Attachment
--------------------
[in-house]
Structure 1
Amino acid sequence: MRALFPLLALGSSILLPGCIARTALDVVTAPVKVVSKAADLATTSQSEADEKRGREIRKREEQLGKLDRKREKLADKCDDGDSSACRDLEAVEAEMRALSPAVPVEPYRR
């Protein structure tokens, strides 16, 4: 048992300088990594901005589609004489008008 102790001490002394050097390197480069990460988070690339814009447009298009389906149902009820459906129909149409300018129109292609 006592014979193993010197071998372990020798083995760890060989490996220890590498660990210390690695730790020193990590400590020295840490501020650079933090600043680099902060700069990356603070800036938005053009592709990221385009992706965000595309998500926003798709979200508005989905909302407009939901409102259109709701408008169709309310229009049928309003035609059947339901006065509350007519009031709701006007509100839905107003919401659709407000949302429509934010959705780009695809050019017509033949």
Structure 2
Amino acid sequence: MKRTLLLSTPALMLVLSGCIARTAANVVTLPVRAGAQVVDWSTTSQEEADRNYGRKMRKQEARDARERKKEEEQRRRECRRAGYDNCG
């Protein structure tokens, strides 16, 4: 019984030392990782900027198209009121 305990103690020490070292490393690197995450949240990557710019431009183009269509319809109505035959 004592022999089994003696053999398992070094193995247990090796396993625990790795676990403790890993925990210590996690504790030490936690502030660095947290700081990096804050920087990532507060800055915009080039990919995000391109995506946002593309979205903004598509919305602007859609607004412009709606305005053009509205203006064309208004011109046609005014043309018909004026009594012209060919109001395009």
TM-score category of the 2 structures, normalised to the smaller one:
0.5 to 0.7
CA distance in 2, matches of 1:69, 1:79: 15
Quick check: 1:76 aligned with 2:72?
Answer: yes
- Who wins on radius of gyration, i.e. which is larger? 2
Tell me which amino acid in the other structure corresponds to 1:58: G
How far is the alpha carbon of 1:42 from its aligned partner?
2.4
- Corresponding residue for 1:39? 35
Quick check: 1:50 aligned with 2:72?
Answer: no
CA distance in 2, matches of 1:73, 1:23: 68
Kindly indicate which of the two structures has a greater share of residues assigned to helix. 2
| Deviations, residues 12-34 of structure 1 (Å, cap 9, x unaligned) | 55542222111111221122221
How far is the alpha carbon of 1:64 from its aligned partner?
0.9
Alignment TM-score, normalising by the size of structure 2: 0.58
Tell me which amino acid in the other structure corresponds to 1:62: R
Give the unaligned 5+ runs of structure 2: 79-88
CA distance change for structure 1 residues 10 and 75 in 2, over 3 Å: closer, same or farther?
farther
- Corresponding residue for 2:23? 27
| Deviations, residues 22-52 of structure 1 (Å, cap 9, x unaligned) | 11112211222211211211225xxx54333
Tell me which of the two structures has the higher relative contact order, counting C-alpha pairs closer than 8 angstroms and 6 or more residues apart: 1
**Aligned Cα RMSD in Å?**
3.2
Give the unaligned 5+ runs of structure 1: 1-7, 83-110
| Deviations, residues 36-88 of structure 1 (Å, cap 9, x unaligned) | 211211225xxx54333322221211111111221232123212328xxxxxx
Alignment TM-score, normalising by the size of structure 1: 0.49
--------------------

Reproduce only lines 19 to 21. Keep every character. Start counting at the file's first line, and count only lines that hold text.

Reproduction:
Answer: no
CA distance in 2, matches of 1:73, 1:23: 68
Kindly indicate which of the two structures has a greater share of residues assigned to helix. 2